Online rock-paper-scissors, for money 

No joke. Ultimatebet is now offering roshambo in addition to its usual card games.

The 10% rake is pretty stiff, though. Even a solid strategy like "always throw rock" will have a hard time turning a profit, methinks.


Straight sets 

Red Sox over Yankees 7-6, 7-5, 7-6.

I actually missed the ending of the first game; I shut it off with the Sox down four runs in the top of the eighth. Oh well.

A sweep is always nice, but I'm unhappy that Boston only outscored NY 21-17 with the Yankees trotting out Andy Pettitte and two rooks versus Boston's top three starters. Beckett and Matsuzaka both had subpar performances. Schilling got lit up as well, but I really don't expect too much more from him -- he's lost a lot on his fastball, and his newfound conversion to a "pitching to contact" style is clearly still a work in progress.


Sisyphus never had it this bad 

Below we have a really hard level on Super Mario Bros. (WARNING: contains foul language and extreme hilarity.)


Greater love hath no man than this 

A Virginia Tech prof, 75-year-old Liviu Librescu, lost his life while protecting his students.

(HT: Volokh Conspiracy)


Playoff time 

From the annals of history, we have here a spectacular save by Colorado Avalanche Patrick Roy against the Detroit Red Wings in a 2002 Western Conference finals game.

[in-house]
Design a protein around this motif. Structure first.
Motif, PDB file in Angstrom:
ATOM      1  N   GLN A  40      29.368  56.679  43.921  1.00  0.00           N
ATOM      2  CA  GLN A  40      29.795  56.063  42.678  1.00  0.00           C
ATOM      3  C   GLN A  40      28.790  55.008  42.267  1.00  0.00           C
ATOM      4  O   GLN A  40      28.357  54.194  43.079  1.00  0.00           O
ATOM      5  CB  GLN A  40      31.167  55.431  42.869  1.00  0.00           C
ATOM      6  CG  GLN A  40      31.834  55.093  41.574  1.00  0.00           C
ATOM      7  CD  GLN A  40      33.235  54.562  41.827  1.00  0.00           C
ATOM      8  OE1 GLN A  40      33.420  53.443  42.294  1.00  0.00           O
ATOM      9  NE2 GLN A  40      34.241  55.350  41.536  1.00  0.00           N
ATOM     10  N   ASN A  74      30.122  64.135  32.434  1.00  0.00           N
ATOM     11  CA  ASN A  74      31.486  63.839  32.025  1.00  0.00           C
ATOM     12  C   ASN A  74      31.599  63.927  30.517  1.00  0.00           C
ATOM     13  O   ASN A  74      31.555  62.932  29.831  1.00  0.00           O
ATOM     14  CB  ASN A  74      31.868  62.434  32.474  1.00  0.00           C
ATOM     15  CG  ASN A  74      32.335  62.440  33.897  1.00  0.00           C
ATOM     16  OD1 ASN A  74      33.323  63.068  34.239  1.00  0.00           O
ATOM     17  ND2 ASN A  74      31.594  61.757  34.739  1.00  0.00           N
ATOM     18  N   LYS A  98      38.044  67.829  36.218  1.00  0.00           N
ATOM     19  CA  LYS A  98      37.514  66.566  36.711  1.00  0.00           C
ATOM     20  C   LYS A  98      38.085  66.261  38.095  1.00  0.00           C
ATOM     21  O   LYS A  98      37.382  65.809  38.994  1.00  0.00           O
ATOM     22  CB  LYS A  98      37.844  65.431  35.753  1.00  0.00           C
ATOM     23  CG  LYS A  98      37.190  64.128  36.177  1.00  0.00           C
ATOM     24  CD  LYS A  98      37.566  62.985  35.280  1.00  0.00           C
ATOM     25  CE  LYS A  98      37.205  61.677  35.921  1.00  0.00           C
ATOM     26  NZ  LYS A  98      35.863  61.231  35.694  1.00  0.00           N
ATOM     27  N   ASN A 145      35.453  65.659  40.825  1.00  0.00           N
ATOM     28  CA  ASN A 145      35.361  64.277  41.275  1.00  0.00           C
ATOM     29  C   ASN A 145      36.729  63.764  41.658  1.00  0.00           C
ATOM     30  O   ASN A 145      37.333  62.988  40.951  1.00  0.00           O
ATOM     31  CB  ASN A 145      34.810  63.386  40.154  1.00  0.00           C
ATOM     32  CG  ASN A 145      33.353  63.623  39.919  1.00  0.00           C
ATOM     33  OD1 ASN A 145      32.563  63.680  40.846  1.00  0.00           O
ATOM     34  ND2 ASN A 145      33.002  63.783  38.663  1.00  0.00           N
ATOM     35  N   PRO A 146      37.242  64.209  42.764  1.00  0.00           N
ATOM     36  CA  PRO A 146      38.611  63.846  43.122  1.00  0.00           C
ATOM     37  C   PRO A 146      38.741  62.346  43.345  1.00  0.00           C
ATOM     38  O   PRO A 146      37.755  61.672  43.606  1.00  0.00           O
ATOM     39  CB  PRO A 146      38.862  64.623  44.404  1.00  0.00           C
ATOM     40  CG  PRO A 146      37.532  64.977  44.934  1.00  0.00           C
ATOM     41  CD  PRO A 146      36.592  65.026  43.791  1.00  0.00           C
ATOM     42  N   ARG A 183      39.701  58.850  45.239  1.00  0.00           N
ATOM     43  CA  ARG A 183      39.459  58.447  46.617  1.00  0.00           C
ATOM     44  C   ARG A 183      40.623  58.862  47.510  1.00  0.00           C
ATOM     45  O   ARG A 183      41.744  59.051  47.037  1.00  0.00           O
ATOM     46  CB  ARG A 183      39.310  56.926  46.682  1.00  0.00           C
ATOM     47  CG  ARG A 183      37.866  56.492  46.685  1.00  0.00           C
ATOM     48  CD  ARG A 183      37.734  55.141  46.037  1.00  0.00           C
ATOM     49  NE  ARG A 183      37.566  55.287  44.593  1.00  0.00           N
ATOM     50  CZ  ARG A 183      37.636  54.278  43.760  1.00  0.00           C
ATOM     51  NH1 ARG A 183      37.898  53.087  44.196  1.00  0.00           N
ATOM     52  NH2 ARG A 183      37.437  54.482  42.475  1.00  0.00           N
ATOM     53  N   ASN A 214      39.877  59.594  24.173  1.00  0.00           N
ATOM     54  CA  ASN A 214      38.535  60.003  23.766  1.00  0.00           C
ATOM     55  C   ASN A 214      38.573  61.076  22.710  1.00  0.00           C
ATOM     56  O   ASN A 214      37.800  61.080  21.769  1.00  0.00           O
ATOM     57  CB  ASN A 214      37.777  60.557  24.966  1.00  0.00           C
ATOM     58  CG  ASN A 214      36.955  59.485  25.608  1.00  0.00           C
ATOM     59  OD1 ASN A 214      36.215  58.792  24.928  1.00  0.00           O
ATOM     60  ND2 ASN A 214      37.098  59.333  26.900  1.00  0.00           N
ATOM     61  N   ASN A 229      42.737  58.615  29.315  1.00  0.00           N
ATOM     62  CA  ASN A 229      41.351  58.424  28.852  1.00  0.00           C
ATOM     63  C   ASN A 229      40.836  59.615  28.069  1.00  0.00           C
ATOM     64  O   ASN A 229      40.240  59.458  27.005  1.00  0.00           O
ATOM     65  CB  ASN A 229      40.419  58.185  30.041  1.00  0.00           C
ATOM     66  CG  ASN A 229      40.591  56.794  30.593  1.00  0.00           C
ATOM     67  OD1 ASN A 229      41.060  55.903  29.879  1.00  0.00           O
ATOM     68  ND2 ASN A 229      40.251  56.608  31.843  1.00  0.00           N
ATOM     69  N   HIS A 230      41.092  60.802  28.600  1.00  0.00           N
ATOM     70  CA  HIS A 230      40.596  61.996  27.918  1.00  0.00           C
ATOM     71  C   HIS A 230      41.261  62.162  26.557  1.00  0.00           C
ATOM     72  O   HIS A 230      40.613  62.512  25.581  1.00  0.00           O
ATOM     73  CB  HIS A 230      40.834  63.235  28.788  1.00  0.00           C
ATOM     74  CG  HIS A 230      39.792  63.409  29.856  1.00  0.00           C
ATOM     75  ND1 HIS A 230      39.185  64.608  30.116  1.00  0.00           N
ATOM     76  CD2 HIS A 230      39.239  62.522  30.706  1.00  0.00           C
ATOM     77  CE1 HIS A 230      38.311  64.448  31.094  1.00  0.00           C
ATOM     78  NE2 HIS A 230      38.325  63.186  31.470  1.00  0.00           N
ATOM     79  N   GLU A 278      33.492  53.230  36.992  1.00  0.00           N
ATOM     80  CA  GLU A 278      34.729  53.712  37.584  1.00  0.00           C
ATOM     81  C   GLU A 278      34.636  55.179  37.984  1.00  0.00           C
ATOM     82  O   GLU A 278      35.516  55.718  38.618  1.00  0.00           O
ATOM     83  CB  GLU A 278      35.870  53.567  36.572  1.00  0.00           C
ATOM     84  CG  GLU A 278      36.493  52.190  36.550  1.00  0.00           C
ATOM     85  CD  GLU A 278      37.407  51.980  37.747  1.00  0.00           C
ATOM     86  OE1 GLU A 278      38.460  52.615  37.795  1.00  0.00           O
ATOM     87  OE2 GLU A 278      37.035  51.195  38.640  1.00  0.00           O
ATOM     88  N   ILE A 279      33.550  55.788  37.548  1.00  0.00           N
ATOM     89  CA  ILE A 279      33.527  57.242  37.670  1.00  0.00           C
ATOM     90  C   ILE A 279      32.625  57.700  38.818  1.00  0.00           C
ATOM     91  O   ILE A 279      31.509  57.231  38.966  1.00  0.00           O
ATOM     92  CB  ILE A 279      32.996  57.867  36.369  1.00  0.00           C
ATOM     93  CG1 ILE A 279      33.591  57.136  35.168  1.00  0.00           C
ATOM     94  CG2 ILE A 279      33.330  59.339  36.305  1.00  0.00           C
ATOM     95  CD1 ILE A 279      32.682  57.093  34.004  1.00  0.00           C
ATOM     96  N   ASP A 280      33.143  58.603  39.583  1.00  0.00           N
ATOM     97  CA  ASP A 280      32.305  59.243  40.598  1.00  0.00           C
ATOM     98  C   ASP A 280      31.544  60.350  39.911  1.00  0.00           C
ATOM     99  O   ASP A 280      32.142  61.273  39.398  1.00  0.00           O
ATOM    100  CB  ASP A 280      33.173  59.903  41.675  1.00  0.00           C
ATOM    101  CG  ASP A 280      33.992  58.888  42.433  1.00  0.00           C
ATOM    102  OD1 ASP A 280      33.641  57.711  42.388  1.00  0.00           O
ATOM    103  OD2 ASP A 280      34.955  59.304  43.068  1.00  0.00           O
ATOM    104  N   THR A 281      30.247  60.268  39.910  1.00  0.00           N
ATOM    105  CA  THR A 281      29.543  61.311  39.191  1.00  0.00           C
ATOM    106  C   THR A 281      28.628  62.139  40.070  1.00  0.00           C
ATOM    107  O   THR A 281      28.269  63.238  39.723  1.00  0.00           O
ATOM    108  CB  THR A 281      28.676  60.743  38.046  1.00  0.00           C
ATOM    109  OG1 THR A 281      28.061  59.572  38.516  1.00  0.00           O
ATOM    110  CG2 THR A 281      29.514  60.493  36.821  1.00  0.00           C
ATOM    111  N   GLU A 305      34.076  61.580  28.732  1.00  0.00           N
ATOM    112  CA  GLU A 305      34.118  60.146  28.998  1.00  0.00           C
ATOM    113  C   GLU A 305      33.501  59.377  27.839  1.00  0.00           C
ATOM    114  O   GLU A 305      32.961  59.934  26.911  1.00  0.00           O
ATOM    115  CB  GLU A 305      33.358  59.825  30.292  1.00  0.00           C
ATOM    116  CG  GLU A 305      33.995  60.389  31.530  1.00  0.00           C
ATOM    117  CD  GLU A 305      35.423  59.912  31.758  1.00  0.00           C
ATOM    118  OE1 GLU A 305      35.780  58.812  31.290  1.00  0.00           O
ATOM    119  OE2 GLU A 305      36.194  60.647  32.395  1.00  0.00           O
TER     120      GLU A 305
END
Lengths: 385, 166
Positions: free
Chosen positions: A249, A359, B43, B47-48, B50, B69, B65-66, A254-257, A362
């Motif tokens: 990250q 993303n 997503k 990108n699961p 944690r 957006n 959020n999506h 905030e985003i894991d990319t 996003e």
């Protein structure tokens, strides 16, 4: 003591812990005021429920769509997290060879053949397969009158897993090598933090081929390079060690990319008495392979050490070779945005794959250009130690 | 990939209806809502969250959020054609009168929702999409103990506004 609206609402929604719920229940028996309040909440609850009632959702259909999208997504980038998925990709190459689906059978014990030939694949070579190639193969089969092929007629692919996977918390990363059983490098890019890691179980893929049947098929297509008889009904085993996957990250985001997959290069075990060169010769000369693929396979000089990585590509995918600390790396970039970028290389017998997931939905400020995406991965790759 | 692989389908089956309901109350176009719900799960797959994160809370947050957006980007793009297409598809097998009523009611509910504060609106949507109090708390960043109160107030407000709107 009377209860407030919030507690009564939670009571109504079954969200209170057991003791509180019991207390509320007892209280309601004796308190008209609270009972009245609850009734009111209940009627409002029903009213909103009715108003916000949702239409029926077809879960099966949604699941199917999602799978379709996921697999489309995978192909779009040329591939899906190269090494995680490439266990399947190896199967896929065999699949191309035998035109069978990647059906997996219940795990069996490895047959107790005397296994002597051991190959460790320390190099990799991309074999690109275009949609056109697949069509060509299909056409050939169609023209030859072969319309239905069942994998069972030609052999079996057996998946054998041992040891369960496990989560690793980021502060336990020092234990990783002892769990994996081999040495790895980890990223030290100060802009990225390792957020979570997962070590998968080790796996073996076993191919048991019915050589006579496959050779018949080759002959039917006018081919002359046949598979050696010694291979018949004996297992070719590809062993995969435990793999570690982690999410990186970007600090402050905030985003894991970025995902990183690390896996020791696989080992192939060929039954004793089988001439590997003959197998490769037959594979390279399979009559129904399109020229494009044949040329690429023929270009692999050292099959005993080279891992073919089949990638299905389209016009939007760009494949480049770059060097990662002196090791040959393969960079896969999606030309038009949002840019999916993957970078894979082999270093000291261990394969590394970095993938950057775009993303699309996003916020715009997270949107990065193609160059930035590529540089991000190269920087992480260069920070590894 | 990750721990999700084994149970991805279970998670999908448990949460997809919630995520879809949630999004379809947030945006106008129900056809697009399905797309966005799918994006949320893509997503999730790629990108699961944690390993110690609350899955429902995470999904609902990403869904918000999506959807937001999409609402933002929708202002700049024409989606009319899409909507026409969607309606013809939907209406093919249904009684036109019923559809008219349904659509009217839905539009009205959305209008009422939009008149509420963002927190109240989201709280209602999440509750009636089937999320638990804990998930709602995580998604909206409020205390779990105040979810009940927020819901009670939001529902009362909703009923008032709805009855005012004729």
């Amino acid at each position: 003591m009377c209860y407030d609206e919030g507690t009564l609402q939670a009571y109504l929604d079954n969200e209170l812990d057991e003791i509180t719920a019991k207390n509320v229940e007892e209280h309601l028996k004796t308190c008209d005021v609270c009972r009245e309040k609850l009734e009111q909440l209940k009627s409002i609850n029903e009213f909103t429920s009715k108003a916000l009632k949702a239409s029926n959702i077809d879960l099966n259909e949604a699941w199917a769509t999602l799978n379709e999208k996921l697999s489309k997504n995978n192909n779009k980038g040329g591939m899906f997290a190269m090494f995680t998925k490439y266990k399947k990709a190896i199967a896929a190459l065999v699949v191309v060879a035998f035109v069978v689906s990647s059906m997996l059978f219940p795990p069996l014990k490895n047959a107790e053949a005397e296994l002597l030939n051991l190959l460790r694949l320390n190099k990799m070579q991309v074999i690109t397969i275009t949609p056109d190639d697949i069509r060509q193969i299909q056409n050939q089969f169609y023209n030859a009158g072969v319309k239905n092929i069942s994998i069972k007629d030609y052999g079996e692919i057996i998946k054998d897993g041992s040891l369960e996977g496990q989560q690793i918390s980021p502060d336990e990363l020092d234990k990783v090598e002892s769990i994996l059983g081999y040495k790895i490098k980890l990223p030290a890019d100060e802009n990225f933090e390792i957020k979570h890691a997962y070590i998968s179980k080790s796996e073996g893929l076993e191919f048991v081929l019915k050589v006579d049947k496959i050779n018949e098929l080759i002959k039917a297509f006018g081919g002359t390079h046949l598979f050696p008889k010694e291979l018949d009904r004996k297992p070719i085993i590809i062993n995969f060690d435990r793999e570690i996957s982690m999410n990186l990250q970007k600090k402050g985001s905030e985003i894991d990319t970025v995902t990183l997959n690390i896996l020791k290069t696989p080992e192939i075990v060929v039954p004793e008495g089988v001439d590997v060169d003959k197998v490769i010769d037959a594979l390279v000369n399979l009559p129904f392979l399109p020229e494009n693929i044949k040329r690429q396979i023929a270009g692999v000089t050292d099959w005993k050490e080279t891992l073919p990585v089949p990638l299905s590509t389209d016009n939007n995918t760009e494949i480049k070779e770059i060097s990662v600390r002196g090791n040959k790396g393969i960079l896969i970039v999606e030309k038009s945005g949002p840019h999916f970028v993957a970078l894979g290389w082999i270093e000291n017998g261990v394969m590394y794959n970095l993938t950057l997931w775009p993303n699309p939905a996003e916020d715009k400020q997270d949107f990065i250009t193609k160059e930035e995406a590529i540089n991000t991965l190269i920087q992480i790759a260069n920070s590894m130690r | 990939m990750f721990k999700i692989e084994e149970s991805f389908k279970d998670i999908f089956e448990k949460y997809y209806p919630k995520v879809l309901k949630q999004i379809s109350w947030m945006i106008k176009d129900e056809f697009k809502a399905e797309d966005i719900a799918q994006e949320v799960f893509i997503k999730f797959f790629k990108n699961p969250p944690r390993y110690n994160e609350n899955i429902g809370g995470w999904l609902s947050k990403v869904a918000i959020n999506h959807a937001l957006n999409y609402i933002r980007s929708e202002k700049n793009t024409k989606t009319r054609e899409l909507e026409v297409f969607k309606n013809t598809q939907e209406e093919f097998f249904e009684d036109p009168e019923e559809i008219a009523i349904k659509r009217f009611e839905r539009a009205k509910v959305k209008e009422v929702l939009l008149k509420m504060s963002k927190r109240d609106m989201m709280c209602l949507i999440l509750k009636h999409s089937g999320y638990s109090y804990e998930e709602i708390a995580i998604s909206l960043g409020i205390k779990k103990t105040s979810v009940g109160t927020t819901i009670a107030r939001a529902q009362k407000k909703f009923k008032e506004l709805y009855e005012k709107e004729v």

Saving the game in the eighth inning 

In baseball, closers typically are expected to pitch the ninth inning of a game when their team is ahead by 1-3 runs, and sometimes when the game is tied. However, this strategy is often not optimal, depending on when the big bats in the other team's lineup are coming up. If the 3-4-5 hitters may come to the plate in the eighth inning, it is wise to have the closer warming up a few batters in advance in case they come up to the plate with runners on base. These high-leverage situations can come up in the sixth and seventh innings as well, but it's usually impractical to have the closer warming up, then sitting back down, then warming up again and coming into the game later. However, all managers should seriously consider having their closer ready to go in the eighth inning.

Tonight's Red Sox-Rangers game provided a clear example of this strategy. With the Sox up 3-1 and the Rangers batting, Joel Pineiro put the #8, #9 and #1 hitters on base. (Kenny Lofton reaching wasn't really his fault, as Lofton sac-bunted but nobody covered first base.) Javier Lopez then allowed a force-out run, but Jonathan Papelbon (who had been warmimg up at the top of the inning, I believe) got Michael Young and Mark Teixeira out on five pitches, then finished off the ninth without incident.


Educational software is a placebo, says US Department of Education 

Well, it's nice to know that the government cared enough to do a study on the subject. As far as I can recall from my pre-college days, the primary benefit of educational software was that the teacher didn't have to prepare a lesson plan that day.

I look forward to the US Department of Education publishing another groundbreaking report, most likely one claiming that publishers are gouging students and schools by churning out marginally new editions of textbooks year after year.


This just in 

Florida has sacked Troy Smith again.

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